What do you value, what do you want to pay for, and how does this affect the business model and growth of modern brands? We sit down with brand strategist Ana Andjelic, who shares insights from her forthcoming book, ‘The Business of Aspiration’.
DANNY GIAOCOPELLI: Hey guys, welcome back to the Courier Weekly. I'm Daniel Giacopelli, Courier's Editorial Director. What do you value? What do you want to pay for? And how do you distinguish yourself from others? According to brand strategist, and Courier contributor, Ana Andjelic, all of this has a huge impact on the business model and growth of brands. As part of what she calls the modern aspiration economy, in the not too distant past people collected commodities, Instagram followers and airline miles. But now in the modern aspiration economy, consumers collect knowledge, taste, communities, and influence. All of this has changed the fundamental way businesses operate. But the dynamics behind the scenes aren't so clearly understood. This week on the show, I’m with Ana for a special one on one, to talk about her forthcoming book on the subject, The Business of Aspiration out in October, plus tips for how brands can survive the tough road ahead.
ANA ANDJELIC: I think it was a series of moments in the past five years when carrying out my day-to-day work. I was working as a chief brand officer at a global fashion company, consulting for a large jewellery company; then I was CMO at another luxury company, and even before that, when I was working with fashion luxury lifestyle brands on the agency side, I noticed shifts not only in consumer behaviour on a granular level: in the kinds of media they used and how they were spending their time, but also in how their values were changing, and in decisions of where to invest their time and money.
It wasn't visible change, it was more subtle. I decided to activate my sociology knowledge, because I have a doctorate PhD in sociology. I focused on how trends spread in society, how social influence spreads, how taste is formed, and how do we develop taste ourselves, and what is taste, what is deemed good taste? And then finally, how people join communities and why? So there are those three levels. One is stage, the other is communities, and the third is social influence that I started thinking about and paying attention to. Being on a brand side that was unbelievably useful in devising the actual tactical solutions and the actual brand strategy in order to appeal to these new behaviours, these new motivations and aspirations.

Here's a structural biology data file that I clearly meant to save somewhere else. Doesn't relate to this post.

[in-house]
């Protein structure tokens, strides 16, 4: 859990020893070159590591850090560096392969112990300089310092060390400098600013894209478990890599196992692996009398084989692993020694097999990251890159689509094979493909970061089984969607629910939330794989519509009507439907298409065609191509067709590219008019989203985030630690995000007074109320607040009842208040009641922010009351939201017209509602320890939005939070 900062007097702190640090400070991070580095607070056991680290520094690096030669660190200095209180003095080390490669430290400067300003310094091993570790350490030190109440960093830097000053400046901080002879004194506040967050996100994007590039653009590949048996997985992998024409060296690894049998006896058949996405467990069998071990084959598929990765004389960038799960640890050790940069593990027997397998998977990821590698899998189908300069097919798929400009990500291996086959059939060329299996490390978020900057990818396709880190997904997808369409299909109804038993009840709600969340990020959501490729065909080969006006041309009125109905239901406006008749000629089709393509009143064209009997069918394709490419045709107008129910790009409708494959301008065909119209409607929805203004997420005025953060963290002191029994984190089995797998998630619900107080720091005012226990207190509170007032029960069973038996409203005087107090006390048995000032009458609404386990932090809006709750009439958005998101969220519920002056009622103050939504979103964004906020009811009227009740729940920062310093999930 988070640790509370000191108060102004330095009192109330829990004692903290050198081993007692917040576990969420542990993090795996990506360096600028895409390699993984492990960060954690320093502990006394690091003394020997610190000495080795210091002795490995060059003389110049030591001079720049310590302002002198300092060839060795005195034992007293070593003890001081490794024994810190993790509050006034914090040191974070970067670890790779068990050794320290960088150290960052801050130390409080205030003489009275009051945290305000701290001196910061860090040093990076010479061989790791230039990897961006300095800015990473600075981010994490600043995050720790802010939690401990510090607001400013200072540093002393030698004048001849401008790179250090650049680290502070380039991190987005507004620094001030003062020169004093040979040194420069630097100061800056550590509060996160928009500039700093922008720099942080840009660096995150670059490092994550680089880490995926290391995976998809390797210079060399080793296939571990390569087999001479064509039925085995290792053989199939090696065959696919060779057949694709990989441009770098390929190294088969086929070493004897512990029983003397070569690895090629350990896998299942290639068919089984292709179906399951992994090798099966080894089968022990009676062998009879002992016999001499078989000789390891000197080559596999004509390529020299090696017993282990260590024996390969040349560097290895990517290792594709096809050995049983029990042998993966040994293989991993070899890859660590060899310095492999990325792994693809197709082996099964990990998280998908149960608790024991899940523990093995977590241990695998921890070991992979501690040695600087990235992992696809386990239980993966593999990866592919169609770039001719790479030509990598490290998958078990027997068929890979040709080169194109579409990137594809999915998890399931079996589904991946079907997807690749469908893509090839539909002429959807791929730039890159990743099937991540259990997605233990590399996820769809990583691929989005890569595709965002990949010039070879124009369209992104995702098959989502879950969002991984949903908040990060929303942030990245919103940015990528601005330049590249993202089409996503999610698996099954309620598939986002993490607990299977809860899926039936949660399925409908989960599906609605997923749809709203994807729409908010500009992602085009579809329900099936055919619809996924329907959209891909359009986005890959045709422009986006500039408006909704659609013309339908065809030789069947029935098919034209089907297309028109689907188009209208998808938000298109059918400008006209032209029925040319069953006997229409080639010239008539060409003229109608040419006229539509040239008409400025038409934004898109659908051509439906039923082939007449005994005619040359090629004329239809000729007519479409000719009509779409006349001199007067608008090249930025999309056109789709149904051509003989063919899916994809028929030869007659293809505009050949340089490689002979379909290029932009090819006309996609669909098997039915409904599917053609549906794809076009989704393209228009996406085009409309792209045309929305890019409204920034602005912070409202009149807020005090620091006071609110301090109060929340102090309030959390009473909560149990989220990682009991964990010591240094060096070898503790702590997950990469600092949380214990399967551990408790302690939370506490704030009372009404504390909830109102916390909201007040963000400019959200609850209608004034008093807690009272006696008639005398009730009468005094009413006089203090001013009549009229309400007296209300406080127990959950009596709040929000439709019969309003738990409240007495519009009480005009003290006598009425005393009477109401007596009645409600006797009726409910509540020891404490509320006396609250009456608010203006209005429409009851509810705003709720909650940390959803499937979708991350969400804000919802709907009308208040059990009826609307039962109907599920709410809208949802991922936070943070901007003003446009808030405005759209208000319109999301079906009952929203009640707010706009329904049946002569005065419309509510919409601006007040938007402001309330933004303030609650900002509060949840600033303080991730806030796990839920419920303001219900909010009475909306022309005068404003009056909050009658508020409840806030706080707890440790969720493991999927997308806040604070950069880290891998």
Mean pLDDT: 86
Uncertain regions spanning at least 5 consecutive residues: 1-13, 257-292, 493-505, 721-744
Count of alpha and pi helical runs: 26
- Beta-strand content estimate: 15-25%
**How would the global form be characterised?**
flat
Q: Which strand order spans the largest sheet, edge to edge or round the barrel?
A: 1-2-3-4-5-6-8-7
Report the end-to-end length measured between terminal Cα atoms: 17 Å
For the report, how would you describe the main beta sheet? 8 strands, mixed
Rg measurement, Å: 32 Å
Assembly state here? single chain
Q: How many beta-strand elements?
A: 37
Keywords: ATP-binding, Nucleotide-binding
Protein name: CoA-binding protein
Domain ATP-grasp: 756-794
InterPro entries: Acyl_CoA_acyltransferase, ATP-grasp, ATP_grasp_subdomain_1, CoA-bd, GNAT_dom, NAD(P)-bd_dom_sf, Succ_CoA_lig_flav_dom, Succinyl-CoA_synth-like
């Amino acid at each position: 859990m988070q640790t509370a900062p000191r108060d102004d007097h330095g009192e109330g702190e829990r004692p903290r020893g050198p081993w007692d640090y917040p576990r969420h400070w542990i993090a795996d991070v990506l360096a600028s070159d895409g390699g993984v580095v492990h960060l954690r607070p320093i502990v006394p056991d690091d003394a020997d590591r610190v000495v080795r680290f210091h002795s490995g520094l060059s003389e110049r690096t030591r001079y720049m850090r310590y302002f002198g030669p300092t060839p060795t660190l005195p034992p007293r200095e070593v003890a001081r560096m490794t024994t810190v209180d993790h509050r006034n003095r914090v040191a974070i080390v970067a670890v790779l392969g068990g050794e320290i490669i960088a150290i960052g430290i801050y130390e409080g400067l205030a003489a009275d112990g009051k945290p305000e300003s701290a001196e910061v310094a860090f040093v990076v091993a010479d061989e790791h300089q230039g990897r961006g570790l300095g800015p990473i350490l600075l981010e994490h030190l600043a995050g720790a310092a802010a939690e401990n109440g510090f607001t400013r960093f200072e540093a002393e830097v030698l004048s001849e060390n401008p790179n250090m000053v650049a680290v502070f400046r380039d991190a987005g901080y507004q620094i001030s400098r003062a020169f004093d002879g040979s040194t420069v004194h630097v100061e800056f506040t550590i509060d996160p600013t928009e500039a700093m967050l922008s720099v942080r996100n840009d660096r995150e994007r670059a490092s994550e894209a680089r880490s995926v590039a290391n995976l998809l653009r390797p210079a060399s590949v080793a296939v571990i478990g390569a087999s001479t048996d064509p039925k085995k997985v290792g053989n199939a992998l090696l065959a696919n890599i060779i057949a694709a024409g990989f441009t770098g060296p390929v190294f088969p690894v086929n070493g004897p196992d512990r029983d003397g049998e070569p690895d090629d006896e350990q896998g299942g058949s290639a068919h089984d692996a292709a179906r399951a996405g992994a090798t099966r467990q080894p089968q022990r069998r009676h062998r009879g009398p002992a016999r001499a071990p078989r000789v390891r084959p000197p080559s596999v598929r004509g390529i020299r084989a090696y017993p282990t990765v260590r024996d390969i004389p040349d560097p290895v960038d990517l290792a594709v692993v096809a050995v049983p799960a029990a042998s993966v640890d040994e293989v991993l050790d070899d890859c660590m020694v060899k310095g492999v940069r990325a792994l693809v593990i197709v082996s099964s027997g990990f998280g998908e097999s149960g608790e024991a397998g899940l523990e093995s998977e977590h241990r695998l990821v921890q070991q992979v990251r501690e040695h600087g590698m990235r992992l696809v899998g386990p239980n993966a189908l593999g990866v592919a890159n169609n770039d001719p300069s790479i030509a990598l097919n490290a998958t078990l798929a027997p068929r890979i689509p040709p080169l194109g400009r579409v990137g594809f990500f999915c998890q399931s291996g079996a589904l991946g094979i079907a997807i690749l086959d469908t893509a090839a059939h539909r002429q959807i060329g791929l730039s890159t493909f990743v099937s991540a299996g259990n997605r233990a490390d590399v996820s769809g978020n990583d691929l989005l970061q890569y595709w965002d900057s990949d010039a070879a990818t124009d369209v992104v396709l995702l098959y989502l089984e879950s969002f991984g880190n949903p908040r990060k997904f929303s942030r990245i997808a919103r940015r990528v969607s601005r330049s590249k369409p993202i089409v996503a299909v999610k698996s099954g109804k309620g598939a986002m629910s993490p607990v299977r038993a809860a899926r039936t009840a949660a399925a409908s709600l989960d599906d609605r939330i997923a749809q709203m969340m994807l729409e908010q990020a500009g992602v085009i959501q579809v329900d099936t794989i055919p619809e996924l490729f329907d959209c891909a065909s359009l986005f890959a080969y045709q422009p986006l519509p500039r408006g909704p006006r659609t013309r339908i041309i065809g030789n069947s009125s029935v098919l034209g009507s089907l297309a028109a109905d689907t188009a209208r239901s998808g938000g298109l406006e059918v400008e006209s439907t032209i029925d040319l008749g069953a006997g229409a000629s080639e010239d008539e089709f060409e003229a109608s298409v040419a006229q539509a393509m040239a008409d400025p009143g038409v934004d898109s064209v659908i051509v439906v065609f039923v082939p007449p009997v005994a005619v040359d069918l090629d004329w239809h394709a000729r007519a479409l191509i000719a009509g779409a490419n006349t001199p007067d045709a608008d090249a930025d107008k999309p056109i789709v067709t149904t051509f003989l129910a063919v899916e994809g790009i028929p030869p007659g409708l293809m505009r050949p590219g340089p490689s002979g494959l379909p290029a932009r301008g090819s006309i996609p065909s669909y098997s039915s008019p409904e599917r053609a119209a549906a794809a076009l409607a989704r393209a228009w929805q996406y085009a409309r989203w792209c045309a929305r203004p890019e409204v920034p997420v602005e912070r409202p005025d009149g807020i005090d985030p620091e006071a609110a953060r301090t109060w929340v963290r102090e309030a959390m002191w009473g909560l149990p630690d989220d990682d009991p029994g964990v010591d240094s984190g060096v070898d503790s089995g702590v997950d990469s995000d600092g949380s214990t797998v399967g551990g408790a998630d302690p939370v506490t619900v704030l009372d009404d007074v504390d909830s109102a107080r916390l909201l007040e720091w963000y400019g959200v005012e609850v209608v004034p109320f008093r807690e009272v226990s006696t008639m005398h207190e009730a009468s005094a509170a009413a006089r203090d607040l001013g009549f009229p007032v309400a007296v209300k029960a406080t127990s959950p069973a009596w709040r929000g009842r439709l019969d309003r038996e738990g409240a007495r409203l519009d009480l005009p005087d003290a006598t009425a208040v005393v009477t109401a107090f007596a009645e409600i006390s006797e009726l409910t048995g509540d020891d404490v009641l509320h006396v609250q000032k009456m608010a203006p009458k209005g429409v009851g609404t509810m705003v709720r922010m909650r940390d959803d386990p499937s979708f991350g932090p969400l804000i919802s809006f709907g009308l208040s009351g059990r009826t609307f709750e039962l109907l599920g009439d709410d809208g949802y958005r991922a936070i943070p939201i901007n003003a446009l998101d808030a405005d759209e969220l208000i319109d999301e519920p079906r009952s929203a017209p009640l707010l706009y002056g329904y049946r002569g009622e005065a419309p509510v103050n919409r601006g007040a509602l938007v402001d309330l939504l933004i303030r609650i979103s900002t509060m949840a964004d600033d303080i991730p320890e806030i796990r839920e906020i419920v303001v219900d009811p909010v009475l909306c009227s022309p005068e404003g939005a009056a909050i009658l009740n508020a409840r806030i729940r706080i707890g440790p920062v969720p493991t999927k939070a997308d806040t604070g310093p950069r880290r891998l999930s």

DANNY: One of the big points of your book that you make is that, whereas once companies were obsessed with making things, now it's all about manufacturing aspiration. What do you mean by that?
ANA: On a very practical level that means, yes, you're selling products, you're in an economic entity at the end of the day. You sell things, tangible things: you produce them, you distribute them, and then you market them and you sell them. That's not enough.
DANNY: The proverbial widget, I guess, right?
ANA: Yes, you put it best. That is not enough to successfully compete. You can invest in making your product more innovative, you can invest in making your product cheaper, which is usually the way to go. You can distribute it to more places, and it's still not going to attract the audience that you will attract if you invest in offering intangibles.